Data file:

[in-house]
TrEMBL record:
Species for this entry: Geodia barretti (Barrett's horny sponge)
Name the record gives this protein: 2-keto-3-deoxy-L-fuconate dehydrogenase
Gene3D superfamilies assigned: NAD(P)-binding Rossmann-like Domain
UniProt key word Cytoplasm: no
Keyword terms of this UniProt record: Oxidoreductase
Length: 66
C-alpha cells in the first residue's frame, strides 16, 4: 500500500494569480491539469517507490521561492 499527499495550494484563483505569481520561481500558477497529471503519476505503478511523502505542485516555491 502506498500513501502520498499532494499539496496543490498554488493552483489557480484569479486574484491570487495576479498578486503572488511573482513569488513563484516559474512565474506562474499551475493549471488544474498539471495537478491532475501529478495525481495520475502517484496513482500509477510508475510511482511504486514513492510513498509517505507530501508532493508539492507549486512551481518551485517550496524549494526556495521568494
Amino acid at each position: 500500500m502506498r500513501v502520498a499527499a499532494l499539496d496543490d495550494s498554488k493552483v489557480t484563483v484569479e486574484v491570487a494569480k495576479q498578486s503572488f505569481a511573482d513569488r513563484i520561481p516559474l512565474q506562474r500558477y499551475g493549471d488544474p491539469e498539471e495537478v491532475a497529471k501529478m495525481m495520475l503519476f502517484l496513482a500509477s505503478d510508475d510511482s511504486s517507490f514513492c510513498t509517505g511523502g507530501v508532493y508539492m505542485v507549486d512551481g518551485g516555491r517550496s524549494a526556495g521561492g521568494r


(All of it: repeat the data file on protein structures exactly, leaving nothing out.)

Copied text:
[in-house]
TrEMBL record:
Species for this entry: Geodia barretti (Barrett's horny sponge)
Name the record gives this protein: 2-keto-3-deoxy-L-fuconate dehydrogenase
Gene3D superfamilies assigned: NAD(P)-binding Rossmann-like Domain
UniProt key word Cytoplasm: no
Keyword terms of this UniProt record: Oxidoreductase
Length: 66
C-alpha cells in the first residue's frame, strides 16, 4: 500500500494569480491539469517507490521561492 499527499495550494484563483505569481520561481500558477497529471503519476505503478511523502505542485516555491 502506498500513501502520498499532494499539496496543490498554488493552483489557480484569479486574484491570487495576479498578486503572488511573482513569488513563484516559474512565474506562474499551475493549471488544474498539471495537478491532475501529478495525481495520475502517484496513482500509477510508475510511482511504486514513492510513498509517505507530501508532493508539492507549486512551481518551485517550496524549494526556495521568494
Amino acid at each position: 500500500m502506498r500513501v502520498a499527499a499532494l499539496d496543490d495550494s498554488k493552483v489557480t484563483v484569479e486574484v491570487a494569480k495576479q498578486s503572488f505569481a511573482d513569488r513563484i520561481p516559474l512565474q506562474r500558477y499551475g493549471d488544474p491539469e498539471e495537478v491532475a497529471k501529478m495525481m495520475l503519476f502517484l496513482a500509477s505503478d510508475d510511482s511504486s517507490f514513492c510513498t509517505g511523502g507530501v508532493y508539492m505542485v507549486d512551481g518551485g516555491r517550496s524549494a526556495g521561492g521568494r